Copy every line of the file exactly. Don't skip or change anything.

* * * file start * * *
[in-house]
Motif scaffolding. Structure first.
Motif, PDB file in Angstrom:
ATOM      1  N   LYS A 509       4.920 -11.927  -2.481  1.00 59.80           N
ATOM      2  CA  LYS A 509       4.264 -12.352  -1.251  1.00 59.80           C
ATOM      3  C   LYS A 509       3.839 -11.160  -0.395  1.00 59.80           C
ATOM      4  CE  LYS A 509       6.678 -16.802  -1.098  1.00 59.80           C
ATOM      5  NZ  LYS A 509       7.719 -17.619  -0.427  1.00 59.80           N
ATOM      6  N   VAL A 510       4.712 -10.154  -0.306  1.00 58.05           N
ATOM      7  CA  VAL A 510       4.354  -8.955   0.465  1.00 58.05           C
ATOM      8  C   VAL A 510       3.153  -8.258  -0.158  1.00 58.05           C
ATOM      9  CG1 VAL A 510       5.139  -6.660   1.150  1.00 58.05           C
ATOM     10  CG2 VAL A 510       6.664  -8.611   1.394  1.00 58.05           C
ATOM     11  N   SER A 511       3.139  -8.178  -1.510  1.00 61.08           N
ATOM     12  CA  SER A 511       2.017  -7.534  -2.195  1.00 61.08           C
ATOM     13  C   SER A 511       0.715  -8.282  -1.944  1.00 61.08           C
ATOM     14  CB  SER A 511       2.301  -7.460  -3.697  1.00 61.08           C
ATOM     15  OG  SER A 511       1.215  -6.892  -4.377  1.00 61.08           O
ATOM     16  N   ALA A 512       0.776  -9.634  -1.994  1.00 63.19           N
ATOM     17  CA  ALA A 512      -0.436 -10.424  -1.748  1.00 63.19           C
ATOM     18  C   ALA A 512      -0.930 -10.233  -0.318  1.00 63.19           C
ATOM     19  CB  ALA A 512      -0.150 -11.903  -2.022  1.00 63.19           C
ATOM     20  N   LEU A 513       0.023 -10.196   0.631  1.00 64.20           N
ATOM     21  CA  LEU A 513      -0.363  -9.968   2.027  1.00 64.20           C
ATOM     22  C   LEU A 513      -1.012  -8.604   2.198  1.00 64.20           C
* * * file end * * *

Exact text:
[in-house]
Motif scaffolding. Structure first.
Motif, PDB file in Angstrom:
ATOM      1  N   LYS A 509       4.920 -11.927  -2.481  1.00 59.80           N
ATOM      2  CA  LYS A 509       4.264 -12.352  -1.251  1.00 59.80           C
ATOM      3  C   LYS A 509       3.839 -11.160  -0.395  1.00 59.80           C
ATOM      4  CE  LYS A 509       6.678 -16.802  -1.098  1.00 59.80           C
ATOM      5  NZ  LYS A 509       7.719 -17.619  -0.427  1.00 59.80           N
ATOM      6  N   VAL A 510       4.712 -10.154  -0.306  1.00 58.05           N
ATOM      7  CA  VAL A 510       4.354  -8.955   0.465  1.00 58.05           C
ATOM      8  C   VAL A 510       3.153  -8.258  -0.158  1.00 58.05           C
ATOM      9  CG1 VAL A 510       5.139  -6.660   1.150  1.00 58.05           C
ATOM     10  CG2 VAL A 510       6.664  -8.611   1.394  1.00 58.05           C
ATOM     11  N   SER A 511       3.139  -8.178  -1.510  1.00 61.08           N
ATOM     12  CA  SER A 511       2.017  -7.534  -2.195  1.00 61.08           C
ATOM     13  C   SER A 511       0.715  -8.282  -1.944  1.00 61.08           C
ATOM     14  CB  SER A 511       2.301  -7.460  -3.697  1.00 61.08           C
ATOM     15  OG  SER A 511       1.215  -6.892  -4.377  1.00 61.08           O
ATOM     16  N   ALA A 512       0.776  -9.634  -1.994  1.00 63.19           N
ATOM     17  CA  ALA A 512      -0.436 -10.424  -1.748  1.00 63.19           C
ATOM     18  C   ALA A 512      -0.930 -10.233  -0.318  1.00 63.19           C
ATOM     19  CB  ALA A 512      -0.150 -11.903  -2.022  1.00 63.19           C
ATOM     20  N   LEU A 513       0.023 -10.196   0.631  1.00 64.20           N
ATOM     21  CA  LEU A 513      -0.363  -9.968   2.027  1.00 64.20           C
ATOM     22  C   LEU A 513      -1.012  -8.604   2.198  1.00 64.20           C